The major effect of the digital revolution is the gradual disappearance of the middlemen. We no longer need retail stores when we can order anything online. We don't need, alas, newspapers or other paper products when we can read everything on the Internet. Goodybe, too, to libraries and movie theaters. Today's disappearing act: not just CDs, but the record companies that produce them:
A full-time career in music seemed unlikely for Chris O'Brien, or at least one that would pay the bills.
But these days, the 27-year-old Medford musician is selling thousands of albums online, along with downloads from his debut CD, "Lighthouse," and he soon plans to offer T-shirts, tickets, and other merchandise on his MySpace page and personal website.
He credits at least part of his newfound business acumen to nimbit, a sales, promotion, and distribution company in Framingham that helps emerging artists build careers online.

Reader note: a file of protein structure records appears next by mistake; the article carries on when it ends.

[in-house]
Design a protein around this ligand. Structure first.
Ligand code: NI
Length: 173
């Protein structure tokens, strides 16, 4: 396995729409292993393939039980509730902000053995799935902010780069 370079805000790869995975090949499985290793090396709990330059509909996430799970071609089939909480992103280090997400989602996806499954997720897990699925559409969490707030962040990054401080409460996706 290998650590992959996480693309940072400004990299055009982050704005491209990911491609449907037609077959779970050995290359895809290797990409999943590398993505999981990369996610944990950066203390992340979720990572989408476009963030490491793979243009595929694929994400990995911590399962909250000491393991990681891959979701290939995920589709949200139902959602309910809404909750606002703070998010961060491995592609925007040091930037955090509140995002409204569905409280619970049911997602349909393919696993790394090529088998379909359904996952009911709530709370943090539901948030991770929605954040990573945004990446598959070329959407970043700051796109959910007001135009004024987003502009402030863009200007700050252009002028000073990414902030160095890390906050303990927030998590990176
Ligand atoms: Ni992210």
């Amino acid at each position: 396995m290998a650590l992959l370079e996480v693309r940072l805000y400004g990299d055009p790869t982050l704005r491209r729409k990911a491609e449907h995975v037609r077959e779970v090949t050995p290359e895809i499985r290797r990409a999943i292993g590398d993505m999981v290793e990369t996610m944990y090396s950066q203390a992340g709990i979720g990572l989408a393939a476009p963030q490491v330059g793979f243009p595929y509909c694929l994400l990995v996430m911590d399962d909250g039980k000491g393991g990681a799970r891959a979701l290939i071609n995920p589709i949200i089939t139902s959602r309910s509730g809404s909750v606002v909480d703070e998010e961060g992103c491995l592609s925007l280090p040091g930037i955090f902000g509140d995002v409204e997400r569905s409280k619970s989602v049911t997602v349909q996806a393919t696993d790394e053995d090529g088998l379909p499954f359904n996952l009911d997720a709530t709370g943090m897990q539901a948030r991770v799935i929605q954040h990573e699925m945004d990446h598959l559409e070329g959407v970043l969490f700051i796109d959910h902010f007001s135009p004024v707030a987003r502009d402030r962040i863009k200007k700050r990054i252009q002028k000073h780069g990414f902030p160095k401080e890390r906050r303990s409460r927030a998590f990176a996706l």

"This is the era of the independent artist," O'Brien said. "It's easier and more doable than it ever has been. People are opting to remain independent because there's a lot more money to be had."
Nimbit is one of a growing number of businesses, including CD Baby and Musictoday, that have helped make it easier for independent musicians to make a living from their work and widely distribute their music.
This is good not only for the artists. It is also good for music fans -- we will have many more choices at a much better price, the money formerly taken by the middlemen being split by the artists and us. It should be good for the music, too, fostering the kind of creativity we haven't seen with the record labels and radio networks in charge. I look forward to the new folk music of the digital age, swapping songs back and forth online instead of around the campfires of the rail yards.